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The Battalion

The Student News Site of Texas A&M University - College Station

The Battalion

The Student News Site of Texas A&M University - College Station

The Battalion

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Red dawn

 
 

The international climate is changing. “This century is definitely going to be Asia’s century, and we better get used to it,” said Julian Gaspar, a Texas A&M professor and director of the Center for International Business Studies. “The last century, as you know, was the American century; the century before that was the British century; and in my opinion this century is going to be Asia’s century.” It is a fragile situation, and the United States should avoid costly errors during this seemingly inevitable transition.
The rapid development in China and the looming economic woes facing the United States indicate that the United States’ economic dominance will soon be a thing of the past. China’s gross domestic product has been growing by 9 percent every year. The United States lags behind, growing a mere 3 percent, according the CIA World Factbook.
India’s economy is also growing at a faster rate than the United States’. Unlike China, however, India does not aspire to become a superpower, said Arun Surendran, an engineering graduate student from India. While India is making grand leaps economically, it has little desire to dominate the world militarily.
“The world has periodically witnessed the rise and fall of powerhouses,” Surendran said.
Gaspar says China will surpass the United States within a few decades, and that the global economy will be dominated by Asia, rather than the West.
“By 2020, the world’s largest economy is going to be China. Second will be the United States, third is going to be India, fourth is Japan.” Gaspar said.
The United States is cutting taxes while dramatically increasing spending. The external debt is nearly $9 trillion, which is more than 70 percent of the GDP. Increasing trade and budget deficits are becoming more serious. The United States consumes 20 million barrels of oil every day. The majority of this oil comes from foreign sources, and it will be impossible to sustain such consumption as the demand for oil skyrockets in India and China.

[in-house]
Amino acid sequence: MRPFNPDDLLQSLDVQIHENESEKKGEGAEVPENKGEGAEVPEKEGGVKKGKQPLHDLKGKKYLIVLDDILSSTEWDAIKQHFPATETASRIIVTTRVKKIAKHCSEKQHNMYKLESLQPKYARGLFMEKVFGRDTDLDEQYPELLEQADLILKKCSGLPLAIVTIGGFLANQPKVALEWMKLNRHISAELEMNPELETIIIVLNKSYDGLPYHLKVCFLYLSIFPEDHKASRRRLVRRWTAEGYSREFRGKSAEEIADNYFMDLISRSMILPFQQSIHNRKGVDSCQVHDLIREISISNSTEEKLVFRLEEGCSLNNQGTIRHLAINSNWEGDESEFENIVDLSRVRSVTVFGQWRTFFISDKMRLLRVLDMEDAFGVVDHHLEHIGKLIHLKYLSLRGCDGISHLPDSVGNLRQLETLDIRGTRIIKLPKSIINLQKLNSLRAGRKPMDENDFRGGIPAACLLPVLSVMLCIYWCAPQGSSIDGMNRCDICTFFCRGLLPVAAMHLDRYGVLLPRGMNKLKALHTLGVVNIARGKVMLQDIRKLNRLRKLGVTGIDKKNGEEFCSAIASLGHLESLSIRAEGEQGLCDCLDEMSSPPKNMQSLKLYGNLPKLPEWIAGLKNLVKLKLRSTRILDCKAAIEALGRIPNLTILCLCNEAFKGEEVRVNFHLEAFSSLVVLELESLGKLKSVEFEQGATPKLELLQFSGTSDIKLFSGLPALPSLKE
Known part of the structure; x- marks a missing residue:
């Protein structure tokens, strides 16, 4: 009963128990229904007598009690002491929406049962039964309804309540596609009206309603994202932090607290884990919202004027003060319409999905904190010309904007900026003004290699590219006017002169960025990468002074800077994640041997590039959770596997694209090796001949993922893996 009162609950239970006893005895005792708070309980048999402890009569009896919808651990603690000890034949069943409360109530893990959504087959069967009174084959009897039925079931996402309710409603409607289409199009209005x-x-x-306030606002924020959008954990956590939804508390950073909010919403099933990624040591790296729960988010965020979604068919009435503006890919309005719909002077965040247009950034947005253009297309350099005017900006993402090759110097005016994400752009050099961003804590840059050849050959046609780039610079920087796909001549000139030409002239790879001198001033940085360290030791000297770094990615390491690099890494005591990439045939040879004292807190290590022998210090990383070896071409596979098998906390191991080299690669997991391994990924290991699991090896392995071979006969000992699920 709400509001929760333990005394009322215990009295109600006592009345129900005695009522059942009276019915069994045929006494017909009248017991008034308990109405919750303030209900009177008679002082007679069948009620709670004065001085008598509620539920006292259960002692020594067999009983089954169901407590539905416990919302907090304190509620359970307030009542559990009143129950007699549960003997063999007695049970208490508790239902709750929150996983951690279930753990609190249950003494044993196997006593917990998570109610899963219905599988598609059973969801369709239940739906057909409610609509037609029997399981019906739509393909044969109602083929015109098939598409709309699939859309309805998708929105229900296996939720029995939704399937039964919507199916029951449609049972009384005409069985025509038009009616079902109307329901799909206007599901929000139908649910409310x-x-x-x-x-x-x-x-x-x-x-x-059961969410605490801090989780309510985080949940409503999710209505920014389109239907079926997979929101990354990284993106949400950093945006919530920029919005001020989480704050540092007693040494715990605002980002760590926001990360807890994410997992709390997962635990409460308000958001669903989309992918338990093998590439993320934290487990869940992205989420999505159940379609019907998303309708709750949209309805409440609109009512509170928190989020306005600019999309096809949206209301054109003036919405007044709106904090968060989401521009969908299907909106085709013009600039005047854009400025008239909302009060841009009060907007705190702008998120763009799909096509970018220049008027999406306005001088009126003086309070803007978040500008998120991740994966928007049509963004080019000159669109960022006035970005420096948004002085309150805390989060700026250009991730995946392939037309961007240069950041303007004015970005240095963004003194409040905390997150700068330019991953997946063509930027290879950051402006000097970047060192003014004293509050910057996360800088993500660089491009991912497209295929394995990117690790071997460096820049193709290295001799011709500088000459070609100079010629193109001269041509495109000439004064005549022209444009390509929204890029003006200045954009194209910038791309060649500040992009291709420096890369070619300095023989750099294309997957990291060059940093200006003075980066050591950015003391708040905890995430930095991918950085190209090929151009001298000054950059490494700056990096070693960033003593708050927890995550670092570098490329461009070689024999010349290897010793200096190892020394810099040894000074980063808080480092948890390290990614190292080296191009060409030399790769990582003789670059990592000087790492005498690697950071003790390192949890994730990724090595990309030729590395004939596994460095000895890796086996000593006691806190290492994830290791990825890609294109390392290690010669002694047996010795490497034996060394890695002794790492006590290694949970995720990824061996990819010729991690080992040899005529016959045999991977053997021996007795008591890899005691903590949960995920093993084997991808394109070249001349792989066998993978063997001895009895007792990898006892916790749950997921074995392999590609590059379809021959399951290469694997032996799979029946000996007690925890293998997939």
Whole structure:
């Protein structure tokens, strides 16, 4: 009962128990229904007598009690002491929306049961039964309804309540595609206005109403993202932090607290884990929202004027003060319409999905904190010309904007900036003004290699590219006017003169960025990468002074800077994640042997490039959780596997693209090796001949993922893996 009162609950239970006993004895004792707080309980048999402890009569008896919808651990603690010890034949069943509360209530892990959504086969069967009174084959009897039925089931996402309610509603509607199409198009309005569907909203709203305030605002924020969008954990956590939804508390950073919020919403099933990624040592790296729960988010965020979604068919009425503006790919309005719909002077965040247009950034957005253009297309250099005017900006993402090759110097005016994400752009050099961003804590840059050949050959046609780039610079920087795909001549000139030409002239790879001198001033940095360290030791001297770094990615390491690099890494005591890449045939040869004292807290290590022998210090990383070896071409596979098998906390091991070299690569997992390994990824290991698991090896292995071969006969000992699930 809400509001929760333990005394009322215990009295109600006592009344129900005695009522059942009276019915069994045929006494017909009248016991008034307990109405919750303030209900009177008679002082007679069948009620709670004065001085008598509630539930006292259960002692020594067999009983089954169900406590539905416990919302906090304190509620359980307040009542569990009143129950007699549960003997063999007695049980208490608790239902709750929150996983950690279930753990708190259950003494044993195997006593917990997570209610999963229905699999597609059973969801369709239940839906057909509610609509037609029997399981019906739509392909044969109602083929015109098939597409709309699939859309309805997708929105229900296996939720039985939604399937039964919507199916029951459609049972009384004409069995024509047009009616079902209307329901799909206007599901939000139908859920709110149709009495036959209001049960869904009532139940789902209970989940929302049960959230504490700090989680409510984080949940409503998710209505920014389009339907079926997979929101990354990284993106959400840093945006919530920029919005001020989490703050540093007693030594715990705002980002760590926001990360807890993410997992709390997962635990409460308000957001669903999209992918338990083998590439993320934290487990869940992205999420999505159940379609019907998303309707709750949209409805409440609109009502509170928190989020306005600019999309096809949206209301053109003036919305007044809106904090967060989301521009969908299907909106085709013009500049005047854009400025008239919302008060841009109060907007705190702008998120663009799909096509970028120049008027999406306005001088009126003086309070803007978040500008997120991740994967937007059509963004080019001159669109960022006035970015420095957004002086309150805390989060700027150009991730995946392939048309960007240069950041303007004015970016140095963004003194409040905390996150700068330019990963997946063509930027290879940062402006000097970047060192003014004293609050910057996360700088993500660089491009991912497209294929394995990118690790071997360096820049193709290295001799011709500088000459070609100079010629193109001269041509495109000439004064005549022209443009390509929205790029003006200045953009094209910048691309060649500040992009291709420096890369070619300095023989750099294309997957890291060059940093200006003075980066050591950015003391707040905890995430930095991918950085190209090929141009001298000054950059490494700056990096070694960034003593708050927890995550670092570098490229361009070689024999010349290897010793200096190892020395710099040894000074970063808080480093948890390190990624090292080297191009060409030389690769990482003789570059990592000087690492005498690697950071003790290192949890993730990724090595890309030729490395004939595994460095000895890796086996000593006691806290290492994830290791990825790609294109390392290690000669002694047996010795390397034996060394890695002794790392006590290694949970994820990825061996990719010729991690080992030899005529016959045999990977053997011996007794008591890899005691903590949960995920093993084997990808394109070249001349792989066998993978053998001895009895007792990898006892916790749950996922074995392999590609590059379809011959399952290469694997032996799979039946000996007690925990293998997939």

The United States must approach this situation carefully. First, it is vital that genuine free trade is promoted. Pseudo-free trade agreements, which only cater to American corporations, will prove inept. International cooperation will become even more important as the global market becomes more diverse.
It is time to abandon the idea that the world needs one country to sit on the throne. The United States’ role as the world police force must fade. “Hopefully, we won’t get into other misadventures like Iraq, so we can manage our economy a lot better,” Gaspar said.
Such endeavors spread the United States too thin, and there is a possibility that the new superpowers will not tolerate such conduct.
The prospect of China determining affairs in the United States is unappealing. While it has made many reforms in the right direction, it is still a communist state. What would it be like if the world’s greatest superpower did not allow its own people to look up the Tiananmen Square Massacre on Google?
Cooperation is to the world what democracy is to a nation. Dominant superpowers are akin to tyranny. If the United Nations proves incapable of meaningful cooperation, then a new body must be established. Some neo-conservatives describe themselves as “realists,” and they dismiss international cooperation as a utopian fantasy. They argue that the world needs a rule-giver. Perhaps they will realize their folly when the United States no longer sits in the position of power.

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